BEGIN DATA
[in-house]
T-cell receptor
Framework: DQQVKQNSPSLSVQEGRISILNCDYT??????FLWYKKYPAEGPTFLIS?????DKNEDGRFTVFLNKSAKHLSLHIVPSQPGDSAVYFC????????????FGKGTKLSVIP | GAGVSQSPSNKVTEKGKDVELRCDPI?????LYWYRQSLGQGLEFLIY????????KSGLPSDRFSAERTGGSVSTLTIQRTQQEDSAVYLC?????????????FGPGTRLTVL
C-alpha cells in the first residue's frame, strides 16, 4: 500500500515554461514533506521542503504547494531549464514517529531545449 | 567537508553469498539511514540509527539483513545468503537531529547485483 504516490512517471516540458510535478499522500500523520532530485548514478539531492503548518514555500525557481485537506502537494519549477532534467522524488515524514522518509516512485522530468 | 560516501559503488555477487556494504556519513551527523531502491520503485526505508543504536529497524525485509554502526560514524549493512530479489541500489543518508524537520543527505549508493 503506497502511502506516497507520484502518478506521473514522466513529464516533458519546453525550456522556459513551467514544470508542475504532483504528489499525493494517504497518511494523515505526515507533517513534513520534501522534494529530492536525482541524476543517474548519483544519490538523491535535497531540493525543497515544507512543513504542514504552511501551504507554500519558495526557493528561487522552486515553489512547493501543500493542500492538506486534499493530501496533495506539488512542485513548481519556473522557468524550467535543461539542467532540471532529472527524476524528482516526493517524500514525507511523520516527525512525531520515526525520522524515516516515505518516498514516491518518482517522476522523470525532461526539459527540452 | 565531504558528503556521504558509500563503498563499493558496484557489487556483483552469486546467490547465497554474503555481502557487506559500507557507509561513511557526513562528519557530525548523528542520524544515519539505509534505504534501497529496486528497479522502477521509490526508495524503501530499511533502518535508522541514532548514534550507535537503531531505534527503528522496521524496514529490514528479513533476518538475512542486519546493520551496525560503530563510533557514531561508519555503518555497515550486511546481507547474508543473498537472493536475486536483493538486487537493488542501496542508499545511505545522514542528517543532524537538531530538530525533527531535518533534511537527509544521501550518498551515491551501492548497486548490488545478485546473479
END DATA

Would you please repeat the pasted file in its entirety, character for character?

[in-house]
T-cell receptor
Framework: DQQVKQNSPSLSVQEGRISILNCDYT??????FLWYKKYPAEGPTFLIS?????DKNEDGRFTVFLNKSAKHLSLHIVPSQPGDSAVYFC????????????FGKGTKLSVIP | GAGVSQSPSNKVTEKGKDVELRCDPI?????LYWYRQSLGQGLEFLIY????????KSGLPSDRFSAERTGGSVSTLTIQRTQQEDSAVYLC?????????????FGPGTRLTVL
C-alpha cells in the first residue's frame, strides 16, 4: 500500500515554461514533506521542503504547494531549464514517529531545449 | 567537508553469498539511514540509527539483513545468503537531529547485483 504516490512517471516540458510535478499522500500523520532530485548514478539531492503548518514555500525557481485537506502537494519549477532534467522524488515524514522518509516512485522530468 | 560516501559503488555477487556494504556519513551527523531502491520503485526505508543504536529497524525485509554502526560514524549493512530479489541500489543518508524537520543527505549508493 503506497502511502506516497507520484502518478506521473514522466513529464516533458519546453525550456522556459513551467514544470508542475504532483504528489499525493494517504497518511494523515505526515507533517513534513520534501522534494529530492536525482541524476543517474548519483544519490538523491535535497531540493525543497515544507512543513504542514504552511501551504507554500519558495526557493528561487522552486515553489512547493501543500493542500492538506486534499493530501496533495506539488512542485513548481519556473522557468524550467535543461539542467532540471532529472527524476524528482516526493517524500514525507511523520516527525512525531520515526525520522524515516516515505518516498514516491518518482517522476522523470525532461526539459527540452 | 565531504558528503556521504558509500563503498563499493558496484557489487556483483552469486546467490547465497554474503555481502557487506559500507557507509561513511557526513562528519557530525548523528542520524544515519539505509534505504534501497529496486528497479522502477521509490526508495524503501530499511533502518535508522541514532548514534550507535537503531531505534527503528522496521524496514529490514528479513533476518538475512542486519546493520551496525560503530563510533557514531561508519555503518555497515550486511546481507547474508543473498537472493536475486536483493538486487537493488542501496542508499545511505545522514542528517543532524537538531530538530525533527531535518533534511537527509544521501550518498551515491551501492548497486548490488545478485546473479